Is Psychology Making Us Sick?

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Scapegoating, Stereotyping, & Projecting Won’t Make Us Safer

Reflections on Connecticut horror and trauma

This morning I read more, listened more, and watched more video about the murders and murderer in Newtown, Connecticut. There were many calls for improved mental health.  I understand. We want answers. We want to prevent and protect. We want to throw our arms around those we love. We hope that psychology will help us with this hunger.

However, I grew concerned as I witnessed the media going down the path of finding a reason that allows us to go back to sleep with a false sense of security—as if we can identify the reason one person hurts another and rest easier knowing that is not me or those around me. I grew concerned when people focused so much on the story and “psychology” of one individual, Adam Lanza, the killer, as if we all don’t have work to do, as if we all don’t have a certain culpability—even if that is to care for ourselves, to notice the hurt, pain, and rage around us. I grew concerned when people threw around labels that too easily could lead the public to marginalize and even demonize a group of people that most of the public know little about.

I grew concerned because in moments of violence and trauma (be they hours, days, or even generations) an un-psychological eye can easily project onto a person or group all the qualities it wants to split off and thereby scapegoat those people and groups. This happens when some folks project onto our gay brothers and sisters that they are more dangerous to the precious children; this happens when some project hostility onto our black brothers and sisters as if violence is not epidemic amongst all racial groups and in too many homes of people of all colors.

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Examples are too numerous to enumerate here. The point is this: stereotyping and projecting can give a momentary feeling of security when we feel we have caught the beast, but projecting onto others is a form of violence not to be taken lightly. It harms. Psychology should not be used to feed our hunger for security in this way; psychology should make us more aware of the very tendency to project and stereotype and help us do no harm.

Consider the example of how some people are using the label “autism.” Some programs have claimed that Adam Lanza, the killer, was autistic. Last night CNN interviewed Dr. Sanjay Gupta, chief medical correspondent for the network. The CNN interviewer spoke about autism as a mental disorder and raised concerns about whether autism could lead to violence. Dr. Gupta quickly corrected the interviewer saying that autism is not a mental disorder but rather a neurodevelopmental disorder and disabused the audience of the idea that autism leads to this kind of violence.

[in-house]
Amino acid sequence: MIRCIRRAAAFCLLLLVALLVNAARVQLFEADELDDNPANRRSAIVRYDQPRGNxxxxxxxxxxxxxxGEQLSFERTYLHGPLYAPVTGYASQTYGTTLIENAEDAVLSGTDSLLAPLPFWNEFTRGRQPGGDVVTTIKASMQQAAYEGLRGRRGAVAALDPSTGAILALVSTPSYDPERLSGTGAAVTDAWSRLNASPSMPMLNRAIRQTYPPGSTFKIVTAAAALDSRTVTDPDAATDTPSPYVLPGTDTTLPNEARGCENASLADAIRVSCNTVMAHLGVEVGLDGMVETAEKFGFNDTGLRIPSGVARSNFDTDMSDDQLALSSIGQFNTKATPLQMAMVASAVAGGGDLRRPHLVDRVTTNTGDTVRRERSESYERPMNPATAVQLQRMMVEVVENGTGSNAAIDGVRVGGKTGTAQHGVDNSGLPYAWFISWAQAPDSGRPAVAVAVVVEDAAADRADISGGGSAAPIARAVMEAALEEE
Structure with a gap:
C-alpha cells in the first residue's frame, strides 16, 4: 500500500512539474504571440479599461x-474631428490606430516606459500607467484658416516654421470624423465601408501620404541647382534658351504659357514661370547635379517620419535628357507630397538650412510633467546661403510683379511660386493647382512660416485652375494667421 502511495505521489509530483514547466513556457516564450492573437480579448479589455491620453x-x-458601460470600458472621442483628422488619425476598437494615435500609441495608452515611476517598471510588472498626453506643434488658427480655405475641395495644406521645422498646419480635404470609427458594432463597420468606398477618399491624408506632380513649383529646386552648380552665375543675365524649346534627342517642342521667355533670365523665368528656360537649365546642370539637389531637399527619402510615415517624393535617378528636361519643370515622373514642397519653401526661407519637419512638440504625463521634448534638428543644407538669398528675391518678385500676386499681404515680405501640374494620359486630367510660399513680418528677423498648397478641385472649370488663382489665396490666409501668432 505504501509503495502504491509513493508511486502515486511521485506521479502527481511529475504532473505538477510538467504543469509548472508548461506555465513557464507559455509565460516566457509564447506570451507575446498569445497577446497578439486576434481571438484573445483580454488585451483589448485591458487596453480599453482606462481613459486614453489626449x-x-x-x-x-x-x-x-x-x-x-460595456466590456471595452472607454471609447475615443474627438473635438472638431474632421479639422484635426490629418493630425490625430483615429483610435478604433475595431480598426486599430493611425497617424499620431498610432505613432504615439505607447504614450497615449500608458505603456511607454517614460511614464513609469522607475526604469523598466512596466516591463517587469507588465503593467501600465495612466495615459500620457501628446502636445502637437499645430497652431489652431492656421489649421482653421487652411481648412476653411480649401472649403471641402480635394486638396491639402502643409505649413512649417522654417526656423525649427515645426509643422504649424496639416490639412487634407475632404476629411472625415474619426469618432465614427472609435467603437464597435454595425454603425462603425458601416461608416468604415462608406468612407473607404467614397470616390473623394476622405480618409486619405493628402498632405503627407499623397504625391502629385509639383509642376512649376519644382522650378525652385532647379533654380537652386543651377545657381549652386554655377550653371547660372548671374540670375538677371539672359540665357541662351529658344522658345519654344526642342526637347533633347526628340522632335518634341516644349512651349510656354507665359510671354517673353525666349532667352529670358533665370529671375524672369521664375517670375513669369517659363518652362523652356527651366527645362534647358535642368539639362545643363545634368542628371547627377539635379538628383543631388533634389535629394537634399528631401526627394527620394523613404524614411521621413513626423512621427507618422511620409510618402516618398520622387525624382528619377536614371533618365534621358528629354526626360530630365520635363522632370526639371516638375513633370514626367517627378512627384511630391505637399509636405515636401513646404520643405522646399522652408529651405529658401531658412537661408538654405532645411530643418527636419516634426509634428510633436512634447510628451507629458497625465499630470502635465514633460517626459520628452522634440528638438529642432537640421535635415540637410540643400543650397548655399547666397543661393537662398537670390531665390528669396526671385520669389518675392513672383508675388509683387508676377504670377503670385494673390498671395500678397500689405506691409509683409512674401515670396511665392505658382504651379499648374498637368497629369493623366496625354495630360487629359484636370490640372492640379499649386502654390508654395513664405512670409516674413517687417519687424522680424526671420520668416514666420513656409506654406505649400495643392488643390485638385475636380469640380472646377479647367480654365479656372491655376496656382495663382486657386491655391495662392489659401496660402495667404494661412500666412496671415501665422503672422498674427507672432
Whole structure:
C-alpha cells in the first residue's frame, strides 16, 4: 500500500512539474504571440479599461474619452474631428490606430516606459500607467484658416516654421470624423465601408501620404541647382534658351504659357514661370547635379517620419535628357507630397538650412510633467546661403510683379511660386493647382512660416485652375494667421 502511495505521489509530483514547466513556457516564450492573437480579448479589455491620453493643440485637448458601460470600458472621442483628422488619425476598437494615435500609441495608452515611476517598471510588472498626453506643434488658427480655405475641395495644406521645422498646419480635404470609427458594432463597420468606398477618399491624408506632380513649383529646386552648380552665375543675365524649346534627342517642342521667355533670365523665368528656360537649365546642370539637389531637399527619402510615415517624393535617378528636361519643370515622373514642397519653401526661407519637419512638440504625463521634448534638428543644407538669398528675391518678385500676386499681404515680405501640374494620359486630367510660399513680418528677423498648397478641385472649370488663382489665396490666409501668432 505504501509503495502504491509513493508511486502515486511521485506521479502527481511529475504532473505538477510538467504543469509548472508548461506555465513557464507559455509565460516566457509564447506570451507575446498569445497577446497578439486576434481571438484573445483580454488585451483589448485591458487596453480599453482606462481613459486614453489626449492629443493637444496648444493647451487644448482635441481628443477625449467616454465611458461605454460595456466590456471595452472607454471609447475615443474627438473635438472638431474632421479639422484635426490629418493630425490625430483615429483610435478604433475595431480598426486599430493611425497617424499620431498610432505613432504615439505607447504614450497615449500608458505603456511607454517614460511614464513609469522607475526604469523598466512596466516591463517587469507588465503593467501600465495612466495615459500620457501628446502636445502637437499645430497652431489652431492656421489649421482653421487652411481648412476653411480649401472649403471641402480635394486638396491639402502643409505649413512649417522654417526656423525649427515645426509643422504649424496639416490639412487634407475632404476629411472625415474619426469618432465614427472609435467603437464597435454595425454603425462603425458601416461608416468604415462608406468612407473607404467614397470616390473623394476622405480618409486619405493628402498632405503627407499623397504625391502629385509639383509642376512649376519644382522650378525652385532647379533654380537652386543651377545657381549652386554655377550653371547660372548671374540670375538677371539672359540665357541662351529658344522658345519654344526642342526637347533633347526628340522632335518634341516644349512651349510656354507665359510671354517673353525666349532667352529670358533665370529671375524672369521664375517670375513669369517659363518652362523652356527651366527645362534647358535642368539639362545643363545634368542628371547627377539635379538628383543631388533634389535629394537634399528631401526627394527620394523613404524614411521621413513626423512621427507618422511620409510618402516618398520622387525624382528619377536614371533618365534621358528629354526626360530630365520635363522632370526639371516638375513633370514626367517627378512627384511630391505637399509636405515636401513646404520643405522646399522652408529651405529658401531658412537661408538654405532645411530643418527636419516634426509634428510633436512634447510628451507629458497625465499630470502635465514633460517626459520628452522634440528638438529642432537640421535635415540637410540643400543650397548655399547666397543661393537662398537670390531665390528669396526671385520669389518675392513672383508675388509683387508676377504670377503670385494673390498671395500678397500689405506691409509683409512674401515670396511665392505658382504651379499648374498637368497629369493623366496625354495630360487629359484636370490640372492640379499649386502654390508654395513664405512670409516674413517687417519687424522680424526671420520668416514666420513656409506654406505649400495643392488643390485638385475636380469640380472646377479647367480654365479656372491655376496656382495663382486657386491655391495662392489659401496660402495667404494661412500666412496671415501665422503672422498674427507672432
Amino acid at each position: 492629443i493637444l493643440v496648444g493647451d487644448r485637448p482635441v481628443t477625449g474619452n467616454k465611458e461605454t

But this morning, on Meet the Press, moderator David Gregory asked Pete Williams, NBC’s Justice Correspondent, “Do we know why this happened?...What do we know about Adam Lanza?” Mr. Williams responded by saying, among other things, “He had a mild form of autism.” Unlike with Sanjay Gupta, nothing more was said leaving open the possibility that the public would connect autism with this kind of violence.

I don’t think either David Gregory or Mr. Williams had any ill intent or were aware of the possibility of misleading people, and, if this was simply a conversation between two people I could let the ethical implications and misunderstanding go. But this conversation was meant to “educate” millions of people and thus, I believe, there is an ethical obligation to protect groups from potential scapegoating.

So, for the record, let me reiterate the words of the Autism Research Institute, "Autism is not a mental health disorder—it is a neurodevelopmental disorder. The eyes of the world are on this wrenching tragedy—with 1 in 88 now diagnosed, misinformation could easily trigger increased prejudice and misunderstanding."

In times of trauma we all need to be careful, compassionate, and understanding. In the days, weeks, and months ahead, I suspect many people will need us to keep our eyes on potential scapegoating, projecting, and stereotyping. That is one way we can make the world a little safer.

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David Bedrick, J.D., Dipl. PW is the author of the book Talking Back to Dr. Phil: Alternatives to Mainstream Psychology. Follow him on Twitter @lovebasedpsych for regular updates on dieting, dreams, relationships, sex, addictions, and more. Feel free to join his Facebook page and post your comments and questions.

David Bedrick, J.D., Dipl. PW, graduated from Lewis and Clark’s Northwestern School of Law. He is the author of Talking Back to Dr. Phil: Alternatives to Mainstream Psychology. more...

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